IBM's PC AT has cast a shadow over PC system architecture for more than two decades. Thanks to advances such as Intel's EFI, PC vendors are on the verge of breaking the legacy bottlenecks. Kiss your BIOS goodbye.
Many people don't know it, but today's PCs--including the system you're using right now--contain elements that have hardly changed at all in the last 20 years. Yes, CPUs are faster, hard drives are bigger, and RAM banks are larger. But in many fundamental ways, your PC isn't very different from the PCs of two decades ago.
Think I'm exaggerating? Take a look at this almost-20-year-old image (left) scanned from the October 1984 issue of Byte magazine, which covered the rollout of the original IBM PC AT. If you've ever opened up your PC, the overall layout will instantly seem familiar, and you'll recognize many of the components. Note the power supply in the rear right corner, the floppies in the open bays on the right, the hard drive in the closed bay near the center, the system switches and speaker, and the card slots to the left. Experienced eyes will even pick out the BIOS chip, the battery backup for the BIOS, the RAM banks, the familiar-looking cables and electrical connectors, and more.
Although some of the system elements have been modified over time, almost everything in your PC is a direct lineal descendent of the IBM PC AT--a seminal design that still shapes PC architecture two decades later.
Stability--But Also Stagnation In many ways, the PC's hardware consistency over time has been a good thing, a stabilizing force in the otherwise rapidly changing world of computing. It's been a huge positive for businesses and users because this consistency has made many peripherals completely interchangeable. For decades, we've been able to mix and match printers, keyboards, mice, monitors, scanners, modems, and more, largely without regard to the brand of PC.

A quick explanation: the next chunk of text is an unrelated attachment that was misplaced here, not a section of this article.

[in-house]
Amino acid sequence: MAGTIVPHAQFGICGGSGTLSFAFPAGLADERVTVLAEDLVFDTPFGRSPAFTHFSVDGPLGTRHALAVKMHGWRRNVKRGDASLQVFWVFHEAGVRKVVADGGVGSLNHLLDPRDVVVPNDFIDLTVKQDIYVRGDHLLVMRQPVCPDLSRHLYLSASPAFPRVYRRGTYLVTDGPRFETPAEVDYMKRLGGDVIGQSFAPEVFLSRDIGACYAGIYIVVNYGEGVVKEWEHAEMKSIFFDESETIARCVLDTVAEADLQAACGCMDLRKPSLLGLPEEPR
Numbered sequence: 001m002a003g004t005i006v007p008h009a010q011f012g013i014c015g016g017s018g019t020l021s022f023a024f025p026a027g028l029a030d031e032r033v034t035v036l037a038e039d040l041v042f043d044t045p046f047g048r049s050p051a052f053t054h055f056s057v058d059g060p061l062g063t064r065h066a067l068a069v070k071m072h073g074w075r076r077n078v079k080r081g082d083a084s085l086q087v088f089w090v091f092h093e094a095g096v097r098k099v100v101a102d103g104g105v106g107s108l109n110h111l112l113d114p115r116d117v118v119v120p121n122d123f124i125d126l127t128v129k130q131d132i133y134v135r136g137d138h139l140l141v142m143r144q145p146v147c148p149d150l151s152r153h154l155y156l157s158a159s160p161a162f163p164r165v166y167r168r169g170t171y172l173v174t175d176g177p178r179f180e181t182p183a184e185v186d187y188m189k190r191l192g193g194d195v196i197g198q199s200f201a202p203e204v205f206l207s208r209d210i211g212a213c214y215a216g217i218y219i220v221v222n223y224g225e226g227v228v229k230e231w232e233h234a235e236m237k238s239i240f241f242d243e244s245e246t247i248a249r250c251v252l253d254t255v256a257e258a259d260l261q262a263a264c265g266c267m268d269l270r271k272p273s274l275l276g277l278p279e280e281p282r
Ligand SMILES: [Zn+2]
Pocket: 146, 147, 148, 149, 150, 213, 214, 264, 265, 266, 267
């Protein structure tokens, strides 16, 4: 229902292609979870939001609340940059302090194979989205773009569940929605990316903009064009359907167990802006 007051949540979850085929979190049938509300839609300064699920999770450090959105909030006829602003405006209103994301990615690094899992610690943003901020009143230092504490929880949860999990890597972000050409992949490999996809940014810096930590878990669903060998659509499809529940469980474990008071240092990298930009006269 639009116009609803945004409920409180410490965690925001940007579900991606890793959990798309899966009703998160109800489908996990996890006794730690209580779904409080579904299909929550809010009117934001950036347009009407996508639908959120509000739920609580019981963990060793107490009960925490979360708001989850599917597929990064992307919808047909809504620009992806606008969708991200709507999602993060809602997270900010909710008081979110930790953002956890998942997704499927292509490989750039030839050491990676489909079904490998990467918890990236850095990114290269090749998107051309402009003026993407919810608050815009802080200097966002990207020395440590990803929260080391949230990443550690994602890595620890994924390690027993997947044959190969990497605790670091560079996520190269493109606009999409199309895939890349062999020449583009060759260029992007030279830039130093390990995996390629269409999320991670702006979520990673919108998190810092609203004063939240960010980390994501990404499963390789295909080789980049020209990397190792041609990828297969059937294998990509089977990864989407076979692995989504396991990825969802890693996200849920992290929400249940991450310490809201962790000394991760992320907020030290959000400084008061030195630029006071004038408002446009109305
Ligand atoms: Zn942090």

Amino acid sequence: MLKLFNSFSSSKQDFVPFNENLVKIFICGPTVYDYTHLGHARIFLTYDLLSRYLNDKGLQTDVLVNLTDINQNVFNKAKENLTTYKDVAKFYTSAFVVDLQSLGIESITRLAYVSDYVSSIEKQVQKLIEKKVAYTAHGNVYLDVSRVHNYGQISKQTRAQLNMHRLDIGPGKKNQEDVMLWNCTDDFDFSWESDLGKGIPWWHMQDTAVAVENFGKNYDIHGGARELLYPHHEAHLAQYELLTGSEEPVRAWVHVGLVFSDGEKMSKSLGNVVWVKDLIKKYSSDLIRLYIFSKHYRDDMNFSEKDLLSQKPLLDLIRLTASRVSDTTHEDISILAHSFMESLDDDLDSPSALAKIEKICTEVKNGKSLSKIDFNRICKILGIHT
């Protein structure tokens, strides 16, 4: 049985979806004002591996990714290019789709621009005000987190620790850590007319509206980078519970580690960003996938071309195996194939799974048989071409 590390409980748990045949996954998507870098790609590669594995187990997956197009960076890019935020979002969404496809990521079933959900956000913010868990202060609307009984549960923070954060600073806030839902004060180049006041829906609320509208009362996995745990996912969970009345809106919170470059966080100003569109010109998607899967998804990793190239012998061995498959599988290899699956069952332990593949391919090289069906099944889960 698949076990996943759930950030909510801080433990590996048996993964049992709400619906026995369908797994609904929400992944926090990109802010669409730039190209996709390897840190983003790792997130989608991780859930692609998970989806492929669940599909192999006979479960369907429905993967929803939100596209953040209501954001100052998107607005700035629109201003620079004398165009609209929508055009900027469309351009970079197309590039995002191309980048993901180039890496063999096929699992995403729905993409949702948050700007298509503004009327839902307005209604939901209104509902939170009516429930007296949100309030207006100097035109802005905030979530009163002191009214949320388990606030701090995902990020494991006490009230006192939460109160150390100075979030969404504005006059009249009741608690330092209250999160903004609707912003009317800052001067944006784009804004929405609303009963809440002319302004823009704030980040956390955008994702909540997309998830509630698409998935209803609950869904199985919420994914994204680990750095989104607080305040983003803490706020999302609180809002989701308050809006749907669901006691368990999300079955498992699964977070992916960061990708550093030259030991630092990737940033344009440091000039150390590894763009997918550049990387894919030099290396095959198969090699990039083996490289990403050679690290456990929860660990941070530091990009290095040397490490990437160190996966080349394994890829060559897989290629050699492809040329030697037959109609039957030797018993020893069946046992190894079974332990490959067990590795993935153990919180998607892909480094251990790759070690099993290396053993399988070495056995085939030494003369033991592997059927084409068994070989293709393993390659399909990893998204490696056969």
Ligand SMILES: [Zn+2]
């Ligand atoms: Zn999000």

Hardware standardization also has helped the bottom line by driving down prices: System and peripheral vendors have had a vast and uniform market from which to draw supplies, and to which to sell products, resulting in the commodity-level pricing that's behind today's amazingly low hardware costs. Overall, the PC AT's legacy has been an enormously positive one.
But it also has had a downside, principally in retarding innovation and slowing hardware advancements. The installed base--that is, the mass of existing, older, in-use hardware--acts like a giant speed brake on the computer industry because businesses and users are loath to give up older equipment that's still functional, even if newer designs would perform better or faster. As a result, new technologies tend to emerge piecemeal and more slowly than they would if hardware vendors could make a clean break with the past.
There's even a joke that made the rounds of the computing industry awhile ago: "Why was God able to create the universe in only seven days? Because he didn't have an installed base to deal with."
Despite this backward drag from the installed base, the Grail of many hardware engineers has long been a totally "legacy free" PC that can employ only fully modern, state-of-the-art, high-speed components and architectures. Such a PC would be faster, more compact, more reliable, and less expensive, as well as easier to manufacture and maintain.
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